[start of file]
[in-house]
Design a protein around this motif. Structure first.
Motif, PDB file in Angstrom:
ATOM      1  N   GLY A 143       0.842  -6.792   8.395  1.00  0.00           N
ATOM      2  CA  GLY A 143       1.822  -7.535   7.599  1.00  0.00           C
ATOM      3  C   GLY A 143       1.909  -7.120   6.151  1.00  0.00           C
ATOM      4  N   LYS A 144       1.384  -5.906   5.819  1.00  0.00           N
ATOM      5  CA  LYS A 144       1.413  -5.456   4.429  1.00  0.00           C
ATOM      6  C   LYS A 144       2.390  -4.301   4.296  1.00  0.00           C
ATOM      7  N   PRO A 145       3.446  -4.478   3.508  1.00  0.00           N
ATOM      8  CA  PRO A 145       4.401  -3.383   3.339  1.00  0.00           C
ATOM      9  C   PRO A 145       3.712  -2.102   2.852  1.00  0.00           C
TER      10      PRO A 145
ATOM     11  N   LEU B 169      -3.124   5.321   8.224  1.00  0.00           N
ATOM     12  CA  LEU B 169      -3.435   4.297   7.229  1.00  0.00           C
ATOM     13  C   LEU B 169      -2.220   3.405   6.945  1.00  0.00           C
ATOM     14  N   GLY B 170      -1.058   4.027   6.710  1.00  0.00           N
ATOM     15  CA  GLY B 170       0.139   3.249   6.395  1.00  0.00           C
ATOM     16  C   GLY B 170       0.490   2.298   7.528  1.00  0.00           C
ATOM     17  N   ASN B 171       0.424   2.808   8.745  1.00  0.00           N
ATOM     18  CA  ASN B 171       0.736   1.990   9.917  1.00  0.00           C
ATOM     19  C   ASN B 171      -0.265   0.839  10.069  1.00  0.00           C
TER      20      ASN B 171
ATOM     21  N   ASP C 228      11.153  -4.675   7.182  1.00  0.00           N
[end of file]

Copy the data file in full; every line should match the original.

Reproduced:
[in-house]
Design a protein around this motif. Structure first.
Motif, PDB file in Angstrom:
ATOM      1  N   GLY A 143       0.842  -6.792   8.395  1.00  0.00           N
ATOM      2  CA  GLY A 143       1.822  -7.535   7.599  1.00  0.00           C
ATOM      3  C   GLY A 143       1.909  -7.120   6.151  1.00  0.00           C
ATOM      4  N   LYS A 144       1.384  -5.906   5.819  1.00  0.00           N
ATOM      5  CA  LYS A 144       1.413  -5.456   4.429  1.00  0.00           C
ATOM      6  C   LYS A 144       2.390  -4.301   4.296  1.00  0.00           C
ATOM      7  N   PRO A 145       3.446  -4.478   3.508  1.00  0.00           N
ATOM      8  CA  PRO A 145       4.401  -3.383   3.339  1.00  0.00           C
ATOM      9  C   PRO A 145       3.712  -2.102   2.852  1.00  0.00           C
TER      10      PRO A 145
ATOM     11  N   LEU B 169      -3.124   5.321   8.224  1.00  0.00           N
ATOM     12  CA  LEU B 169      -3.435   4.297   7.229  1.00  0.00           C
ATOM     13  C   LEU B 169      -2.220   3.405   6.945  1.00  0.00           C
ATOM     14  N   GLY B 170      -1.058   4.027   6.710  1.00  0.00           N
ATOM     15  CA  GLY B 170       0.139   3.249   6.395  1.00  0.00           C
ATOM     16  C   GLY B 170       0.490   2.298   7.528  1.00  0.00           C
ATOM     17  N   ASN B 171       0.424   2.808   8.745  1.00  0.00           N
ATOM     18  CA  ASN B 171       0.736   1.990   9.917  1.00  0.00           C
ATOM     19  C   ASN B 171      -0.265   0.839  10.069  1.00  0.00           C
TER      20      ASN B 171
ATOM     21  N   ASP C 228      11.153  -4.675   7.182  1.00  0.00           N